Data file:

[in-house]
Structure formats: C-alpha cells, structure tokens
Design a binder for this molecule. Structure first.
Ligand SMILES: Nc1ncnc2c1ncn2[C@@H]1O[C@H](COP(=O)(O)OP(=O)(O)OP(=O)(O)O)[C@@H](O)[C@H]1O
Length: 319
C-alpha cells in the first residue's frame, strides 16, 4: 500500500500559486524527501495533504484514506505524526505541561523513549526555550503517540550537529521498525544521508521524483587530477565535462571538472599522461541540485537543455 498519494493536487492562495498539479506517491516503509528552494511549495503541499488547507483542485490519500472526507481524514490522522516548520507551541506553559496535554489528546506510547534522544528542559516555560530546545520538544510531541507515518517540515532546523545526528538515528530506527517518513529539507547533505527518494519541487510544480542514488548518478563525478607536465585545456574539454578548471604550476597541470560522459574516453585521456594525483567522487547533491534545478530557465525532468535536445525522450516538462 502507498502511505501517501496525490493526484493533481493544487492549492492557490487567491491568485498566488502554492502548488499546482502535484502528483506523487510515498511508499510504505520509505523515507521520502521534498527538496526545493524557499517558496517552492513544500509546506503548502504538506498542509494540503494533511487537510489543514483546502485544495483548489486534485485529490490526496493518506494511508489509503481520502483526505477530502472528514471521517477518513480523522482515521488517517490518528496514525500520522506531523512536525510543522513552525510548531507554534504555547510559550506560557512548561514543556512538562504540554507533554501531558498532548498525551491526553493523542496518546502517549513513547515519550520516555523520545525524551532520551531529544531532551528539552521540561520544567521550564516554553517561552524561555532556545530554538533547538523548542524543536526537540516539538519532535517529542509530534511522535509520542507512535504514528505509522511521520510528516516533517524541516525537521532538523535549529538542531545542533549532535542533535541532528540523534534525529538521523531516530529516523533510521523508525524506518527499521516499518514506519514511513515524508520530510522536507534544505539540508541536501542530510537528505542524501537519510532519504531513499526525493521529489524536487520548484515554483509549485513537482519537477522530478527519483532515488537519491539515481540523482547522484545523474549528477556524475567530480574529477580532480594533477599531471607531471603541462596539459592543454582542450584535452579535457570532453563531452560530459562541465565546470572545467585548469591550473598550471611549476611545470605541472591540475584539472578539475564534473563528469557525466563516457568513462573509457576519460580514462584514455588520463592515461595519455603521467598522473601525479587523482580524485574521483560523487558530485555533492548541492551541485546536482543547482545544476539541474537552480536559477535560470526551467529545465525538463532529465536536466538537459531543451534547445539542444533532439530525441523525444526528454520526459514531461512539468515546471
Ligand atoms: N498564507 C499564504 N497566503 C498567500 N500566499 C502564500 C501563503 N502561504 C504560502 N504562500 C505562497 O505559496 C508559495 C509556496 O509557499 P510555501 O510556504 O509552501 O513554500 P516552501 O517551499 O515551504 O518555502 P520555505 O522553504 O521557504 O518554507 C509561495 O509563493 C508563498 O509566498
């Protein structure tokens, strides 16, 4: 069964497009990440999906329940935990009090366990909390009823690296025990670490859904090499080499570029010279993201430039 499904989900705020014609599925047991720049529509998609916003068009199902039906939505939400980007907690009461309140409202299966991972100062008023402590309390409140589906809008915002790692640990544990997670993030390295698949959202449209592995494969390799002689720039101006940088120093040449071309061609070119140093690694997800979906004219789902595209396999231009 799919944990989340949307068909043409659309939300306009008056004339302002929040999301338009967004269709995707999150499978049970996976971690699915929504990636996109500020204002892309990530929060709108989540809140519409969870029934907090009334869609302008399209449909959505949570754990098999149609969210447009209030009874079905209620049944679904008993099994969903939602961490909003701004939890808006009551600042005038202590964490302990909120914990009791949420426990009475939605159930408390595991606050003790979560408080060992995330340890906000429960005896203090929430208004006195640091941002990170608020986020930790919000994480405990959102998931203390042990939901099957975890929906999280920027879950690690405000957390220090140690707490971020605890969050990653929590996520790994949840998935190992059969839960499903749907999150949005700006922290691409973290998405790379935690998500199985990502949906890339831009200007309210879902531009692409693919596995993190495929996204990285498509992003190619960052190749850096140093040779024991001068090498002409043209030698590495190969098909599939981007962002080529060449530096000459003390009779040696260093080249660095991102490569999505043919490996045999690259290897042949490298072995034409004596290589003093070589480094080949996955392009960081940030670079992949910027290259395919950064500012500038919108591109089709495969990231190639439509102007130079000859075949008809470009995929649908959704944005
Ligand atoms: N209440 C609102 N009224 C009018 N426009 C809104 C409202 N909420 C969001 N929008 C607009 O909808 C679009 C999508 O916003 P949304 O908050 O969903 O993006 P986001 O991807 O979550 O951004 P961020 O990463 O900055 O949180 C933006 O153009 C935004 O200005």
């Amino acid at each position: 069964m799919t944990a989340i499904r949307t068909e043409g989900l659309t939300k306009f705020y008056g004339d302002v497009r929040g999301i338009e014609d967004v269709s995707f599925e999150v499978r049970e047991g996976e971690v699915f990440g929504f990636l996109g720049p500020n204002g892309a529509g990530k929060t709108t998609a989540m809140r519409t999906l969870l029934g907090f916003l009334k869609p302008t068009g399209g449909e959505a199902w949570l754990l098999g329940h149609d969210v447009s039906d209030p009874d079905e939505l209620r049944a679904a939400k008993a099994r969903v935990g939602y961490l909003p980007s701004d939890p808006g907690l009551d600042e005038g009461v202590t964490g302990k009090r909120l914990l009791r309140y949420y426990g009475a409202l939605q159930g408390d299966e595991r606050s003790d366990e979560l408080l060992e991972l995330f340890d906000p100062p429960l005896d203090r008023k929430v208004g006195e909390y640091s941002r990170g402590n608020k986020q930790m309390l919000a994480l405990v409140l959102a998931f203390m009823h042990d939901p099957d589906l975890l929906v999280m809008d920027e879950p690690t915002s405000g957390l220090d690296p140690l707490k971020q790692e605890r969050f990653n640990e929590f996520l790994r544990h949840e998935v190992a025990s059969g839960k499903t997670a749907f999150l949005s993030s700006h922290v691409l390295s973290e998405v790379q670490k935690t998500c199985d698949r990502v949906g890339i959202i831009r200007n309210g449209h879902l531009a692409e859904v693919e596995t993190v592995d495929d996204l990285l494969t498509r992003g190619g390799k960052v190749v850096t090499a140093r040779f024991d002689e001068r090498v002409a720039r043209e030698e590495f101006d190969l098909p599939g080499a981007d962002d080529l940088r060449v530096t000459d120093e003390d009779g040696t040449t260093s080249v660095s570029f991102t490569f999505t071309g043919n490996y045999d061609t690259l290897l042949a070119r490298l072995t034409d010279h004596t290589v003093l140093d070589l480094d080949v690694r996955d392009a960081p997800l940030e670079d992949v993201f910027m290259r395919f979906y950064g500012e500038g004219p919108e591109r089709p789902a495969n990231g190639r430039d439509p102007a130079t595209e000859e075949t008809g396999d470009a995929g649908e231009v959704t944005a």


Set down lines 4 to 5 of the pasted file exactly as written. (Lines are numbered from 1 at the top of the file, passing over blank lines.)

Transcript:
Ligand SMILES: Nc1ncnc2c1ncn2[C@@H]1O[C@H](COP(=O)(O)OP(=O)(O)OP(=O)(O)O)[C@@H](O)[C@H]1O
Length: 319